Under the Moon’s New Northern Policy, along with Russia’s “turn to the East,” inter-Korean summitry and South Korea’s “nine bridges“ strategy toward Russia, South Korea hoped not only to bolster economic cooperation between Moscow, Pyongyang and Seoul, but also to foster peace.

This prospect of economic trilateralism between North Korea, Russia and South Korea was a frequent theme in Moscow’s relations with Pyongyang and Seoul prior to 2020, even as it had been primarily limited to talk of infrastructure development.

From Russia’s perspective, many policymakers had long viewed Russia as serving a role in helping to foster Korean unification. In their mind, trilateral economic cooperation between the DPRK, the ROK and Russia, particularly in the realms of energy and rail transport, could reduce political tensions, help strengthen inter-Korean ties and place the Russian Federation in a relatively well-suited position to foster inter-Korean collaboration.

Today, however, the Yoon administration appears to have chosen not to pursue its own variation of a northern strategy aimed at fostering trilateral cooperation between itself, the DPRK and Russia. At least, this is how Moscow views the situation, given South Korea’s decision to align with the West in response to Russia’s invasion of Ukraine.

In terms of North Korea’s missile and WMD capabilities, Russia has traditionally sought to leverage its relatively balanced ties with the DPRK and the ROK to position itself in broader multilateral talks directed toward Korean denuclearization. One potential track that Russia has floated as a way to compensate for its deficit of leverage in Korean security has been for Moscow to serve as an intermediary between the two Koreas, although the feasibility of this has certainly always been questionable because of its dearth of leverage in the first place. Indeed, given the unlikeliness of Russia serving an intermediary function, Moscow has traditionally relied on multilateralism to pursue its security interests on the Korean Peninsula, in particular by way of policy coordination with China at the United Nations (UN). The former Six Party Talks were one of the few avenues Russia had to exercise any influence over Korean security, and their demise subsequently constituted a setback.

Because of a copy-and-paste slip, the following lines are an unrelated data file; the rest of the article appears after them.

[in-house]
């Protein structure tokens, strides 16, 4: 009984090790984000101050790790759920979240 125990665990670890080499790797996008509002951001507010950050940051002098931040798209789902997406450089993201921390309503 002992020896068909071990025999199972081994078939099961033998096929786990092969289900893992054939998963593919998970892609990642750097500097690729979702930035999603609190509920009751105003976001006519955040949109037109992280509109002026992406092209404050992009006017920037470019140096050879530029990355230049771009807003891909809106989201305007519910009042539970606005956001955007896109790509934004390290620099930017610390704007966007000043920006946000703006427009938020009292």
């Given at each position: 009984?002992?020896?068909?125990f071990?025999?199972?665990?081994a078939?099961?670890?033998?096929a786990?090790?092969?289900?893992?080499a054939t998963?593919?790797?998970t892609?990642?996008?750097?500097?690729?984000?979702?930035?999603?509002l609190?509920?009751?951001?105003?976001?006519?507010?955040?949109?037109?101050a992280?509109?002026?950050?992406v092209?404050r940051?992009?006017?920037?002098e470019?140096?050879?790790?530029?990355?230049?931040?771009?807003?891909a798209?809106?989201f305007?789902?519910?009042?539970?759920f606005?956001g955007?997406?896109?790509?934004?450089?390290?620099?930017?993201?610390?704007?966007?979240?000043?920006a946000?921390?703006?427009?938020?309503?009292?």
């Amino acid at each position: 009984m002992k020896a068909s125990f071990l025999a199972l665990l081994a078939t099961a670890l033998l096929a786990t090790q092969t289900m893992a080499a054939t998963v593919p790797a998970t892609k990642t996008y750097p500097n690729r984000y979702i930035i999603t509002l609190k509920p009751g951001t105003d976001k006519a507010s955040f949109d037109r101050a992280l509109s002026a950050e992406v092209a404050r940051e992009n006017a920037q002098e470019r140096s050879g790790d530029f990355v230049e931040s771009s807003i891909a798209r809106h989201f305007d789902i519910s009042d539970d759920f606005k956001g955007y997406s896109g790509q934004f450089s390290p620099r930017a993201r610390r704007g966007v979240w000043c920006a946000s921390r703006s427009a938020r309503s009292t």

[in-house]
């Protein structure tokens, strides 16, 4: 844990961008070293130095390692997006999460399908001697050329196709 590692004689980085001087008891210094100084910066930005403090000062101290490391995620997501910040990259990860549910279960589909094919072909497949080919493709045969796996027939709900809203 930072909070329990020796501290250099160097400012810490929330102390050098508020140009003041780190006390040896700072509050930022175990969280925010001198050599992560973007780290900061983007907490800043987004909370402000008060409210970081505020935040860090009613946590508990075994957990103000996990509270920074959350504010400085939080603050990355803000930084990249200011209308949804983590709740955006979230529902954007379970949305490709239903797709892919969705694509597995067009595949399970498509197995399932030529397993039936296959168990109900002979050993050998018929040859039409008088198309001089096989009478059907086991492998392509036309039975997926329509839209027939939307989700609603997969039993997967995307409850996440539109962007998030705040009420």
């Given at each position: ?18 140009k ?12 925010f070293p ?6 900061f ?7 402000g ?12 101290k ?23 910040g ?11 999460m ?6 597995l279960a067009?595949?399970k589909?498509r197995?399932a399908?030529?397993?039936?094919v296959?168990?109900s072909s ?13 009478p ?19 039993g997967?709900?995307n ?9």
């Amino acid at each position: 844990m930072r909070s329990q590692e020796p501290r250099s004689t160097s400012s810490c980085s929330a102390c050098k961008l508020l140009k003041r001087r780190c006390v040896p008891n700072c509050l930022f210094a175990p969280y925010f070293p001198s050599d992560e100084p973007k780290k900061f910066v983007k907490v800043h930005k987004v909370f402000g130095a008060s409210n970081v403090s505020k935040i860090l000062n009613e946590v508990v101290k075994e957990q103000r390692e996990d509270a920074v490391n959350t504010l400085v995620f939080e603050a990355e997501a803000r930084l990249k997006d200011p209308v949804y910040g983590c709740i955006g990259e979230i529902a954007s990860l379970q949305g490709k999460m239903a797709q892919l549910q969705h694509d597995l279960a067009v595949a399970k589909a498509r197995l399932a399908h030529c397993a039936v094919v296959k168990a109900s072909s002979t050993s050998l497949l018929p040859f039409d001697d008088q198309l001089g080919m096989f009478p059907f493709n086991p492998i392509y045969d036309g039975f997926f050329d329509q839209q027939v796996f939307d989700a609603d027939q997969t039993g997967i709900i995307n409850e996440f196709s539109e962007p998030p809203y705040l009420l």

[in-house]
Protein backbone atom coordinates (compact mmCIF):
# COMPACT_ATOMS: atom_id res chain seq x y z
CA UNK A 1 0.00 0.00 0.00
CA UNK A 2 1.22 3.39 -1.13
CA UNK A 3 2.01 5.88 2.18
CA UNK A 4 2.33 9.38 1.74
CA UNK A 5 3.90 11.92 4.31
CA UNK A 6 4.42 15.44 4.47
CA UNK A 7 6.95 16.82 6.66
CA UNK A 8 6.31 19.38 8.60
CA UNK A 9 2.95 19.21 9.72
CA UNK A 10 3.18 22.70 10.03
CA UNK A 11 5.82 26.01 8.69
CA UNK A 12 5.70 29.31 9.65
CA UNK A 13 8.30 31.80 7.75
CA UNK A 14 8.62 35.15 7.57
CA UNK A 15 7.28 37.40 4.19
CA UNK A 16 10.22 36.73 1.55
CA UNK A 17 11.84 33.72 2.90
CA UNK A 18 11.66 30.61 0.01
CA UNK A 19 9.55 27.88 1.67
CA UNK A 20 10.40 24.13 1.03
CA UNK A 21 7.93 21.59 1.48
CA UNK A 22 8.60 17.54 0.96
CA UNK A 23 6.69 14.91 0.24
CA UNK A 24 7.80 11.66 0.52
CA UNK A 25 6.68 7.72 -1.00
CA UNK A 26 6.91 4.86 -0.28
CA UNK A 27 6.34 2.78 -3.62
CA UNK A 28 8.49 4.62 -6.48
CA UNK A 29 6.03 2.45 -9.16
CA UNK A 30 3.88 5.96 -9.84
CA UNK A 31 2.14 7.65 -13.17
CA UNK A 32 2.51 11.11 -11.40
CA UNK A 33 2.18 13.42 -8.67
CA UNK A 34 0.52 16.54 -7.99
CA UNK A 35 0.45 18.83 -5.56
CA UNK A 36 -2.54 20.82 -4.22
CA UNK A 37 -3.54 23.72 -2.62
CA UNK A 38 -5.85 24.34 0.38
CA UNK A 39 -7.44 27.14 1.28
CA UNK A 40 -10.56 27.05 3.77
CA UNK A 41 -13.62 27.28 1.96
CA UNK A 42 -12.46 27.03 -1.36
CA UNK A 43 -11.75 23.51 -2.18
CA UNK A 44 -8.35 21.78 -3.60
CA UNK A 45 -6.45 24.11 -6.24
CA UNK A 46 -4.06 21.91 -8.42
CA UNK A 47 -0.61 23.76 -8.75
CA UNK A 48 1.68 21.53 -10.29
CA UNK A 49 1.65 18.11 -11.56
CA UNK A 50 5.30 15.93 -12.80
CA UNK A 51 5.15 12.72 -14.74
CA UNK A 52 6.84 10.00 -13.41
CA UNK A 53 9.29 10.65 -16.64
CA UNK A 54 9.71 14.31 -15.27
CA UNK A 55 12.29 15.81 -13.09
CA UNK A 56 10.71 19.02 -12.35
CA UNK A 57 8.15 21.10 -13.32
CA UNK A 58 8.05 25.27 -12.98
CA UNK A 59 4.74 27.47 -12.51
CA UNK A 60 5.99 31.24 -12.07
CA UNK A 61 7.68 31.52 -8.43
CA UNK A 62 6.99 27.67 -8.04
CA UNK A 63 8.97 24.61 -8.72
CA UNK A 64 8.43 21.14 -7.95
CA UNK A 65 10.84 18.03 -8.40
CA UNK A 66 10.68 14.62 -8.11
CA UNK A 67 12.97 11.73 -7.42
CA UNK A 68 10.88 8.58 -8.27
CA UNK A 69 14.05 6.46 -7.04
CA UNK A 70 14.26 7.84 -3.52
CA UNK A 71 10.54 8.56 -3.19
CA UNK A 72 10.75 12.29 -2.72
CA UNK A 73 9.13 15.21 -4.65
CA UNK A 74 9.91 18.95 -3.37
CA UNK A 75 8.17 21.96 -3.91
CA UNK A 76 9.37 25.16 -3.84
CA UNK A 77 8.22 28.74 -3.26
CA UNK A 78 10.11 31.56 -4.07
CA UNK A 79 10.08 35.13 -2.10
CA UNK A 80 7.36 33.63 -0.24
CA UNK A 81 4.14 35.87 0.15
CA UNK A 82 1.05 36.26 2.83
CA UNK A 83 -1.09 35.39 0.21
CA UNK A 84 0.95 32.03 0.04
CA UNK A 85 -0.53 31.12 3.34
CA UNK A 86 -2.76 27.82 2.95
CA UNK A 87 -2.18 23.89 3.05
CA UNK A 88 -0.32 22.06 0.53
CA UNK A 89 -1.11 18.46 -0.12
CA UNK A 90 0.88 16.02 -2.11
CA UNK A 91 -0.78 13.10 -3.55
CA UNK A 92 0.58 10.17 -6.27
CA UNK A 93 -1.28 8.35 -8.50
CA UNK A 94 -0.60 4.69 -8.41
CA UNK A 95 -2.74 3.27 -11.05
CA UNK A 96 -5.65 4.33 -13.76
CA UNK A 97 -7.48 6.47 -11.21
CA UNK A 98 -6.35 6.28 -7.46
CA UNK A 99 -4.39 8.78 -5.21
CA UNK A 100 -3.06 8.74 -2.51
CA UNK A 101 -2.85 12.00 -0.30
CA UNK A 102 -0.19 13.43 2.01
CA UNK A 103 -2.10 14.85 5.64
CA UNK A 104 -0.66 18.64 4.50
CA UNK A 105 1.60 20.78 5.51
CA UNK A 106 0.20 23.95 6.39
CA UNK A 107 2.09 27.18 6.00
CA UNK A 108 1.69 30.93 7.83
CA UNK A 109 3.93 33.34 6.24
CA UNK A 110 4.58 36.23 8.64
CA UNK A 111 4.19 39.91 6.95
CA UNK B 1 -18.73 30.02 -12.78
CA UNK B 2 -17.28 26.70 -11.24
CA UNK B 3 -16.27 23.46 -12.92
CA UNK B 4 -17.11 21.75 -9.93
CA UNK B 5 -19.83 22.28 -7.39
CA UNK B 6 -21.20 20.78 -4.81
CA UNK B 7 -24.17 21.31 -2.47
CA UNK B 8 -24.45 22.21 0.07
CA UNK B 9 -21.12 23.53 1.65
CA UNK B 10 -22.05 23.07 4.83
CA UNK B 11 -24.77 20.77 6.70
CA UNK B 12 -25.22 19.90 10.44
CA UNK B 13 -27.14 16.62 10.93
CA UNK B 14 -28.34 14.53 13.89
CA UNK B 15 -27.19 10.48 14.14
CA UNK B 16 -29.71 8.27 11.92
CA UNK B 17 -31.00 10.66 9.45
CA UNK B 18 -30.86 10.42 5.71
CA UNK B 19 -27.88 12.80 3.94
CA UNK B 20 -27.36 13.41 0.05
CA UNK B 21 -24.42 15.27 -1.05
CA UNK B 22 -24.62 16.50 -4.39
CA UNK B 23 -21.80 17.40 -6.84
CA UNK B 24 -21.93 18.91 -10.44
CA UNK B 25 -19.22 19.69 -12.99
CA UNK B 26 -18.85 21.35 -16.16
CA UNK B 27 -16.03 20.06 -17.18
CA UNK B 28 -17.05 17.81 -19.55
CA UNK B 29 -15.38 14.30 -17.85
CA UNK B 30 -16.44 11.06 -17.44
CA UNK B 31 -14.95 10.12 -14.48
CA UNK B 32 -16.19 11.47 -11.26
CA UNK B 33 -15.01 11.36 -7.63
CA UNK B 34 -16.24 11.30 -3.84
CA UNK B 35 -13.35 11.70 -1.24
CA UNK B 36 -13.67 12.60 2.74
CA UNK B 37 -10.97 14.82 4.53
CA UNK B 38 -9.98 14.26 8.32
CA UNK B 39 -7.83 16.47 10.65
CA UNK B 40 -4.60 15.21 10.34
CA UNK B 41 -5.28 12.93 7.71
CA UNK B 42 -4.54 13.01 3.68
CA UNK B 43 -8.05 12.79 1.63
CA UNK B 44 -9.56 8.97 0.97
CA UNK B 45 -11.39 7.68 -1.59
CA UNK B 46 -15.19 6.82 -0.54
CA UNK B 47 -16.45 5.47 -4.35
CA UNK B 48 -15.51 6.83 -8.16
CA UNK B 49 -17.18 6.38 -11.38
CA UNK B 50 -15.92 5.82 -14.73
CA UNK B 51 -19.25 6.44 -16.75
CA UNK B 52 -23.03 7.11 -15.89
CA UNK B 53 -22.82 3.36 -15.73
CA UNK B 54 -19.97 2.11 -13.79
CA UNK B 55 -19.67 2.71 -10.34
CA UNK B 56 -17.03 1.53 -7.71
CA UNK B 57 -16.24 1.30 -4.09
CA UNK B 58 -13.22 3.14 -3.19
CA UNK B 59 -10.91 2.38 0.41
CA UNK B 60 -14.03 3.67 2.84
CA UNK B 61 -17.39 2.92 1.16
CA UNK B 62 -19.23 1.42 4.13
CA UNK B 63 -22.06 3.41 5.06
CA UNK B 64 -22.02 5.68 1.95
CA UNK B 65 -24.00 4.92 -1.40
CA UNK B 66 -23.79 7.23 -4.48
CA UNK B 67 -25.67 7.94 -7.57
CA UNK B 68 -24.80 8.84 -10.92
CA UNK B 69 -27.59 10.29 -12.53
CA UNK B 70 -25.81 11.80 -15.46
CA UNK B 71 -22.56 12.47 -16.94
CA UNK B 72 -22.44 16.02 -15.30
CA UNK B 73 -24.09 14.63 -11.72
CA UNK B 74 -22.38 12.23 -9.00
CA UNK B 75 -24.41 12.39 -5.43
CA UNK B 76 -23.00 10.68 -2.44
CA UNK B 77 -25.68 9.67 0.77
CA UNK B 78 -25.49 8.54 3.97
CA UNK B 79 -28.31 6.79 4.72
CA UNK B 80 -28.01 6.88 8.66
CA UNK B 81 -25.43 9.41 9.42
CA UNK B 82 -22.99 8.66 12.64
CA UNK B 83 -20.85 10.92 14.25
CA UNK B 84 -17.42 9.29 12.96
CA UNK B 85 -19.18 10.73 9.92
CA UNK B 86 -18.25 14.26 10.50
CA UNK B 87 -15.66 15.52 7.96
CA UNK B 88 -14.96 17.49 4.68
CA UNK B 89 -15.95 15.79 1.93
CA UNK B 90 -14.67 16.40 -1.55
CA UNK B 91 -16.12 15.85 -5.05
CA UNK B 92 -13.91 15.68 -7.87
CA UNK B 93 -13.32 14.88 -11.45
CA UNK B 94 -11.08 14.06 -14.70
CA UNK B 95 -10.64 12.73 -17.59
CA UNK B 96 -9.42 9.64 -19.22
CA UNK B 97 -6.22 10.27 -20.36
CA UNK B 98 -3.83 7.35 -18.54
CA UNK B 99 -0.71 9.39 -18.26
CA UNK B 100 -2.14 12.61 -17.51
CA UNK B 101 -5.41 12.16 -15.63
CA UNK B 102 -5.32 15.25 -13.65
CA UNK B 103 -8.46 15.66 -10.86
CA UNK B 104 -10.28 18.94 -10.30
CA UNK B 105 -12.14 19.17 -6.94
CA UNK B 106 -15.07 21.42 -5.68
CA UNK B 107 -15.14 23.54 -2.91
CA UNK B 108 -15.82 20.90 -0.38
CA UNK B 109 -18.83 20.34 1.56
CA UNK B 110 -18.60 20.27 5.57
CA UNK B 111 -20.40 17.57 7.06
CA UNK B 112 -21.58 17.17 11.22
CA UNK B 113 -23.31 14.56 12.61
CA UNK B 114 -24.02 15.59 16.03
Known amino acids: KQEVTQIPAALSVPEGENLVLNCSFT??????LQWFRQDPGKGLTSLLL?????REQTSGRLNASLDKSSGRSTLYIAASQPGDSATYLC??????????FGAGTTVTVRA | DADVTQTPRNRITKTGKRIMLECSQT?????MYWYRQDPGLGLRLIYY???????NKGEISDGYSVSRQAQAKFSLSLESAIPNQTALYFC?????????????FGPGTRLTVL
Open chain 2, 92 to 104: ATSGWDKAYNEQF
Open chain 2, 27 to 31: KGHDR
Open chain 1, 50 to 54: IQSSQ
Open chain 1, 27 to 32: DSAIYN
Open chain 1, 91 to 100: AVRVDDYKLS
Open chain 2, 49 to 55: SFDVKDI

Amid these multilateral efforts, Russia and South Korea have also frequently interacted at the bilateral level over Korean denuclearization. Until early in the Yoon Suk Yeol (also written as Yoon Suk-yeol) administration, South Korea had actively sought to work with Russia on denuclearization, calling for the Kremlin to play a constructive role in bringing North Korea back to the negotiating table. Nevertheless, the dynamics of the ROK-Russia relationship vis-à-vis denuclearization have shifted. The most notable illustration is the diplomatic spat between Russia and South Korea in February 2024. During a visit to the ROK from senior Russian diplomat for the Asia-Pacific Andrei Rudenko, Seoul called on Russia not to abet North Korea’s weapons acquisition ambitions. This led to a back-and-forth between the ROK and Russian foreign ministries, signaling that the growth of DPRK-Russia ties had caused notable discomfort in Seoul well before the June Kim-Putin summit.

The sum total of recent developments in Russia-South Korea relations – diminished prospects for multilateral economic cooperation and shrinking chances for cooperation over denuclearization – has left North Korea as Russia’s most amenable partner on the Korean Peninsula.

The Pendulum Swings to Pyongyang

The recent upswing in North Korea-Russia relations has spillover effects on Russia-South Korea ties, which have cooled significantly since 2022. Likewise, the worsening of inter-Korean ties, particularly Pyongyang’s designation of the ROK as its principal enemy and North Korea’s self-declared nuclear status, significantly undermine prospects for the Kremlin to foster diplomatic or economic cooperation between the two Koreas, let alone Russia’s role in Korean denuclearization. Therefore, Russia’s strategy of equidistance, which may have served Russia’s interests even up to the recent past, is much less feasible today.

On the one hand, the Korean Peninsula’s diplomatic and geopolitical environment has changed to such an extent that Russia now has significantly less incentive to cooperate with South Korea, reducing the necessity for Russia to maintain its equidistance strategy.

Russia’s sidling up to North Korea in the defense realm is particularly concerning to policymakers in South Korea. Even as North Korea has been reportedly sending armaments to the Russian military for use on the battlefields of Ukraine, the Kremlin has made it known in no uncertain terms that South Korea arming Ukraine would ruin already-damaged Moscow-Seoul ties. Indeed, Russia reiterated its warning to Seoul when the South Korean government announced it would consider arming Ukraine following Putin’s trip to Pyongyang.